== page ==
Astronomy may have been just as popular and well-known then as astrology is today, and maybe that whole part of the world shared their ideas with each other and developed them individually in their own countries. Whatever the case, the Minoans were brilliant. Their civilization was pre-history's enlightened world, and the Phaistos Disk reveals it.



Page 1 - Antique Science of Containment | Many Hidden Patterns

Page 2 - The Tablet | Who Created It? | How to Solve It

Page 3 - Constellation Argo - The Ferry | Khufu Ship | Rope Truss
      Argo Sails Backwards for 2,300 Years!

Page 4 - North Star | Enochian Language
     Linear "A" for Argothic? | Egyptian Influences

Page 5 - Great Pyramid Exterior

Page 6 - Pyramid Interior | Pyramid Goddess
      Archaeoastronomy Site | Vault Technology

Page 7 - Minoan Warriors

Page 8 - Apex and Base

      Minoan Symbols for Star and Constellation

Page 9 - Pyramid Geometry

Page 10 - Maze Solution | Phi Spiral

Page 11 - Conclusion | Unidentified Patterns | Ships of the Sky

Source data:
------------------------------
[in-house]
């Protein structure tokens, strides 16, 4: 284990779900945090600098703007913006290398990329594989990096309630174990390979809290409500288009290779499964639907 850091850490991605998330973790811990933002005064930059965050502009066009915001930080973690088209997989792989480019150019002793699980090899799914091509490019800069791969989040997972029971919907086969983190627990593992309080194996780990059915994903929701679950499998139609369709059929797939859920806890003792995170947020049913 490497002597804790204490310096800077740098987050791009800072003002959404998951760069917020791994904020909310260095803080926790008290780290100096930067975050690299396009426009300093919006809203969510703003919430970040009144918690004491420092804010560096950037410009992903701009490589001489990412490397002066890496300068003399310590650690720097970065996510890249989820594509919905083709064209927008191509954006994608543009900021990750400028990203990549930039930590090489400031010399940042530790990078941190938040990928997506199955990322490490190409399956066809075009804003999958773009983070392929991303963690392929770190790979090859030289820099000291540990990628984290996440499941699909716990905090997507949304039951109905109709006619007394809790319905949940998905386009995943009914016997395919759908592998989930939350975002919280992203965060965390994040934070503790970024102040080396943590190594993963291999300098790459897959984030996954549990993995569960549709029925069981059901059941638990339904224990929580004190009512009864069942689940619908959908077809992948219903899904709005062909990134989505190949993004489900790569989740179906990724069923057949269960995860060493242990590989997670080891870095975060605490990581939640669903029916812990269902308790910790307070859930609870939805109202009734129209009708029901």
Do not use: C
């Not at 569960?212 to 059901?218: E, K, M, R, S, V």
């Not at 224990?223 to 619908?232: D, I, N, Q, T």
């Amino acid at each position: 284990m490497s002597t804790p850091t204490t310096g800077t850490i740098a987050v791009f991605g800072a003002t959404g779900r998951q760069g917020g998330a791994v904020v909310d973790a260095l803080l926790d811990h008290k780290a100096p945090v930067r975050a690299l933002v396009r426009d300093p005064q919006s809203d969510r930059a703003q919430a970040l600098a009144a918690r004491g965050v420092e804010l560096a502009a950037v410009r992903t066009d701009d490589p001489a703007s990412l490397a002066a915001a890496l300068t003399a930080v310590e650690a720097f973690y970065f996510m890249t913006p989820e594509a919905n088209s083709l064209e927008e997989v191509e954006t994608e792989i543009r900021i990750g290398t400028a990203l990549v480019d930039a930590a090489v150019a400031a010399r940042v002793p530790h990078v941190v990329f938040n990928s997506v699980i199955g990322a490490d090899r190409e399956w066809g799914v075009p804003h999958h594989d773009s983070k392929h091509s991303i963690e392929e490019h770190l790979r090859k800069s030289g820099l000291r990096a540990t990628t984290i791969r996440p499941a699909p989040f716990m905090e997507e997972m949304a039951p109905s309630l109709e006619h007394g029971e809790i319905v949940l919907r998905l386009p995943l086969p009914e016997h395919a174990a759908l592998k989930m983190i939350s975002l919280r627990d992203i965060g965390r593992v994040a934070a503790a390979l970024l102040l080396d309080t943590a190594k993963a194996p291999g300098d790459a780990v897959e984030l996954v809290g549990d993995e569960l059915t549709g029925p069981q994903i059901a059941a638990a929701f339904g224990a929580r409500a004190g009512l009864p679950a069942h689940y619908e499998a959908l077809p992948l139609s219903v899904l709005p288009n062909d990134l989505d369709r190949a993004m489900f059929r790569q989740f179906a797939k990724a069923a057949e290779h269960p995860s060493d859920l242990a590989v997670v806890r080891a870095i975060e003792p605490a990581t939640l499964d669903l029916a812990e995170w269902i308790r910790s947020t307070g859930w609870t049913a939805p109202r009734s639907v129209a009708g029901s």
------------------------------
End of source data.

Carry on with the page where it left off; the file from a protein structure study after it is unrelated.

Page 12 - Minoan Calendars | Minoan LuniSolar Calendar
      Minoan Zodiac Stellar Calendar | Minoan Sothic Calendar
     Minoan 366-Day Year Calendar

Page 13 - Brilliant Lost World

Page 14 - Origins of the Phaistos Disk | How Was it Made?

Page 15 - Evans Pictographs

Page 16 - Pictographs Numbered | Entire Inscription

Page 17 - It's Full of Stars! | Hoax Defense | Infamous Letter
     Wrong Motivation | Conclusion

Page 18 - Galileo on Philosophy | The Crater of the Whorl
     Remembering the Whorl | Planeism |Tree of Life
     The Arktype Astrology | Waking Whorl and Dream Whorl

Page 19 - The Phaistos Disk | Hidden Patterns | Emerald Table

     Astronomer-Artist | As Above, So Below | Planeism

Page 20 - Crete Invents Modern Astrology

     sexagesimal System | Phi Spiral | Astronomical Ages

     Birthing Stone of Zeus | Watcher Unseen

Page 21 - Phaistos Disk Color Animations

Page 22 - Phaistos Disk Maze of Daedalus
     Daedalus, Cunning Artificer | Palace of Knossos
     Daedalus Invents Images

Page 23 - Animated Geometry
Page 24 - Shield of Achilles

Page 25 - Great Pyramid on the Phaistos Disk

Page 26 - Constellation Argo Sail Backwards for 2,300 Years

Page 27 - North Star, Sirius, the Planets and Stars

Page 28 - 3,600 Year-Old Animation

Page 29 - Phaistos Disk Clay Pictographs

Page 30 - Emerald Table of Hermes Trismegistus

Copyright Notice - Disk of the World - Text and images copyrighted March 21, 1993-2023, Claire Grace Watson, B.A., M.S.T., U.S. Copyright and under the Digital Millennium Copyright Act of 1998, All rights reserved.